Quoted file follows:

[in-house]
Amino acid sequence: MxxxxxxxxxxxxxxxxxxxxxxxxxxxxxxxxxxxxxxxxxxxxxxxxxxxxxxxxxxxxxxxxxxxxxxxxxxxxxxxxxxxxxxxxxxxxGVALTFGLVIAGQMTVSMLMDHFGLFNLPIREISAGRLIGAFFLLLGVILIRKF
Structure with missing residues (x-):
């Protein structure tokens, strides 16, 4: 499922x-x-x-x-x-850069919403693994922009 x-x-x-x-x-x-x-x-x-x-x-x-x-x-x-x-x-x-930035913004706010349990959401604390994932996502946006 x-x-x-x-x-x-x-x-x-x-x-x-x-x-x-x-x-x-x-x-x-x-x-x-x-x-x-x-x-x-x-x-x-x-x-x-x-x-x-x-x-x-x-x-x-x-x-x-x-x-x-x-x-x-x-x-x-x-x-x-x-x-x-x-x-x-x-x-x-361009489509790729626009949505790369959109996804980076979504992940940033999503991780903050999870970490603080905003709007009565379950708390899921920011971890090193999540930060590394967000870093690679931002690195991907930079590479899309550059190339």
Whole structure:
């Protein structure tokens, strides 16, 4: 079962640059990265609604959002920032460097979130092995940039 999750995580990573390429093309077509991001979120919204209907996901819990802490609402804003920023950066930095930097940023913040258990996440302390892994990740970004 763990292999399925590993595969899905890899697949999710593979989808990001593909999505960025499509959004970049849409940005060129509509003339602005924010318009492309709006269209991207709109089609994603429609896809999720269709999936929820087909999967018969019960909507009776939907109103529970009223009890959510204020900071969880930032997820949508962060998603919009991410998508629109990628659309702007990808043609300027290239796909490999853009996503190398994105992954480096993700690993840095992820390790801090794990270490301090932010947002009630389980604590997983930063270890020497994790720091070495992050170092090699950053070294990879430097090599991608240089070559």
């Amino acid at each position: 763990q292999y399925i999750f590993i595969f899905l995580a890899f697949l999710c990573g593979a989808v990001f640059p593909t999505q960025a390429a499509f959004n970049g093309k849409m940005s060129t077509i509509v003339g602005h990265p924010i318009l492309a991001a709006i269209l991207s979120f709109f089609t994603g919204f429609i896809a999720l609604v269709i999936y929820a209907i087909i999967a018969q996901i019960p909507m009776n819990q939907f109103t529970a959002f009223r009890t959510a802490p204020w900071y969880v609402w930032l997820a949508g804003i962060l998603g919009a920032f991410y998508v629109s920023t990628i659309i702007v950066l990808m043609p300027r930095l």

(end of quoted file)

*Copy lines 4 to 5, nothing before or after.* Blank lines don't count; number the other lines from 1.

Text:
């Protein structure tokens, strides 16, 4: 499922x-x-x-x-x-850069919403693994922009 x-x-x-x-x-x-x-x-x-x-x-x-x-x-x-x-x-x-930035913004706010349990959401604390994932996502946006 x-x-x-x-x-x-x-x-x-x-x-x-x-x-x-x-x-x-x-x-x-x-x-x-x-x-x-x-x-x-x-x-x-x-x-x-x-x-x-x-x-x-x-x-x-x-x-x-x-x-x-x-x-x-x-x-x-x-x-x-x-x-x-x-x-x-x-x-x-361009489509790729626009949505790369959109996804980076979504992940940033999503991780903050999870970490603080905003709007009565379950708390899921920011971890090193999540930060590394967000870093690679931002690195991907930079590479899309550059190339």
Whole structure: